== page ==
Preprint Article Version 1 This version is not peer-reviewed

The Violation Imperative Part 1: Allegations and Fraud

Version 1 : Received: 1 January 2019 / Approved: 3 January 2019 / Online: 3 January 2019 (14:26:28 CET)

How to cite: Carroll, L.S.L. The Violation Imperative Part 1: Allegations and Fraud. Preprints 2019, 2019010028 (doi: 10.20944/preprints201901.0028.v1). Carroll, L.S.L. The Violation Imperative Part 1: Allegations and Fraud. Preprints 2019, 2019010028 (doi: 10.20944/preprints201901.0028.v1).

Abstract

In recent decades, a number of high-profile cases involving fraud as research misconduct have been in the media and resulted in severe consequences for those convicted. According to the increased cases of allegations and coverage in the media, this reflects a heightened awareness that fraudulent actions exist.  Nonetheless, the Office of Research Integrity data suggests that despite the growth in the number of the cases of allegation there has not been a commensurate increase in findings of misconduct. The purpose of this paper is to explore misconduct to better understand what it entails. An analysis of misconduct from the perspective of the definitions of allegations and fraud of is conducted and potential frameworks for understanding both are considered. The paper considers serial-positioning effects of primacy and recency on allegation phenomena, as well as supervenience theory and contextualism as a lens for understanding fraud. Discussion of the relational semantics of the core aspects of fraud and de facto grouping of forms of misconduct.  It is concluded that the interrogative pronouns of “what” and “when” could be used to categorize forms of misconduct laying the foundation for the next paper that deconstructs the definition of falsification according to the Public Health Service.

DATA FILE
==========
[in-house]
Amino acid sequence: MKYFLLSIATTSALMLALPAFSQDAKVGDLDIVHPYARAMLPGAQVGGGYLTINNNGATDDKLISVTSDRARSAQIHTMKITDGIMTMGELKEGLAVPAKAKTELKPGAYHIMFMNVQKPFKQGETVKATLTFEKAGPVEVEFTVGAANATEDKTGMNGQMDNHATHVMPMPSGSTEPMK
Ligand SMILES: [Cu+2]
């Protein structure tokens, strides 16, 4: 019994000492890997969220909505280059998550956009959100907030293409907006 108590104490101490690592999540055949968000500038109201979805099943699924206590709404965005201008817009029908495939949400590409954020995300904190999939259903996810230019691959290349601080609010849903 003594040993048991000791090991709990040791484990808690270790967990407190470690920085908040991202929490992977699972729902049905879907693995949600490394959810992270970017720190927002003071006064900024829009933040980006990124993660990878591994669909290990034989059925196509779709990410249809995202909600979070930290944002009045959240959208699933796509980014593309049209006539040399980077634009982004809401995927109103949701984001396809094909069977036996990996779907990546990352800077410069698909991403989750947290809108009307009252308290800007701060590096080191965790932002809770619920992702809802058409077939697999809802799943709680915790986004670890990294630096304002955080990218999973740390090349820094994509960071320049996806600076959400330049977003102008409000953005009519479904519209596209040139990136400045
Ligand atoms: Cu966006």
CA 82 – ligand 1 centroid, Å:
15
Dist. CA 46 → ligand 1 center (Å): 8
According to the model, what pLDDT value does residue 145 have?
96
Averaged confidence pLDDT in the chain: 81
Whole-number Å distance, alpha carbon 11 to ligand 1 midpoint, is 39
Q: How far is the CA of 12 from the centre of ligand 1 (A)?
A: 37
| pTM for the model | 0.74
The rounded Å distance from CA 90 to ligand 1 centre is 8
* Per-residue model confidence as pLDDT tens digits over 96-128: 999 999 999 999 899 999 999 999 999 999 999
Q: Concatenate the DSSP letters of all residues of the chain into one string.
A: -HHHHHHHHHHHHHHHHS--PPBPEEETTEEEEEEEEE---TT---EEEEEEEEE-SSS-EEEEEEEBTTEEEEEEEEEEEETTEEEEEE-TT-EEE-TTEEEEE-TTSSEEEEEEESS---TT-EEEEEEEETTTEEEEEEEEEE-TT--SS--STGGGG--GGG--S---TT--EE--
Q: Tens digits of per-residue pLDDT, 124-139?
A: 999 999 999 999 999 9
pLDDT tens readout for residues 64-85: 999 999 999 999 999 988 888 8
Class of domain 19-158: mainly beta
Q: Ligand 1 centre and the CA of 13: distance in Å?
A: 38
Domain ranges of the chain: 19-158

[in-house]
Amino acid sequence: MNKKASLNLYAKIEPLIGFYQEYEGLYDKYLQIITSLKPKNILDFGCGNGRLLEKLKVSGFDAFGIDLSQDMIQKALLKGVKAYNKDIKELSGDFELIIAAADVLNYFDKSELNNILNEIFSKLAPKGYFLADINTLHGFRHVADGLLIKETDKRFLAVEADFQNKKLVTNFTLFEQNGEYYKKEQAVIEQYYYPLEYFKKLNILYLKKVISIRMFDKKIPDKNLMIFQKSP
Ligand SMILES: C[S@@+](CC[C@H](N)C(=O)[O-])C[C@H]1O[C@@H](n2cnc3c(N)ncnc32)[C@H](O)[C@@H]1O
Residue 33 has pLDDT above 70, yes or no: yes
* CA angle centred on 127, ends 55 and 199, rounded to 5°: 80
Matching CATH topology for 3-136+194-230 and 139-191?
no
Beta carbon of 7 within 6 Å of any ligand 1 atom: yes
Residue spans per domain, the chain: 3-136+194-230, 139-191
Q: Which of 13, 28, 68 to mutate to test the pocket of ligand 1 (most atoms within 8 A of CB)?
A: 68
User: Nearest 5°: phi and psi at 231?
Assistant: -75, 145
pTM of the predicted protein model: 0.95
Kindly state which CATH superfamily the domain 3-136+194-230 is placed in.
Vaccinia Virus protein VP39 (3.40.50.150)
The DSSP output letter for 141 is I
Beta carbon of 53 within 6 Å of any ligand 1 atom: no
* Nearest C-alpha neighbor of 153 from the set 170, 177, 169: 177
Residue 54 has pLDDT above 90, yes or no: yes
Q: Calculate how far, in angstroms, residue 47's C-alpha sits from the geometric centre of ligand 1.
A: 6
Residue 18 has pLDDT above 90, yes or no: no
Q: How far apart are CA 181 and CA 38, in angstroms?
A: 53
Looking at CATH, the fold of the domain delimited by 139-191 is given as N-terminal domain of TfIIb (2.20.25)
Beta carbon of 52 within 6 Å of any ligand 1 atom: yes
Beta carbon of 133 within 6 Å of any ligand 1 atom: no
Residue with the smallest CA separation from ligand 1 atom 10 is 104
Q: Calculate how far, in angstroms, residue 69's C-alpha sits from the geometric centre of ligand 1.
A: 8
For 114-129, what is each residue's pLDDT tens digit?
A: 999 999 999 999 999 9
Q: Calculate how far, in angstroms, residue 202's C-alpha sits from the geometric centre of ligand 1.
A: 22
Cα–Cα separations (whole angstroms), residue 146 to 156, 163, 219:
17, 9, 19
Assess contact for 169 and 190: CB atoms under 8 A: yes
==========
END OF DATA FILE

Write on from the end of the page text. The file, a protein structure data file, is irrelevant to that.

Subject Areas

Fraud, Allegations, Ethics, Research Misconduct, Philosophy

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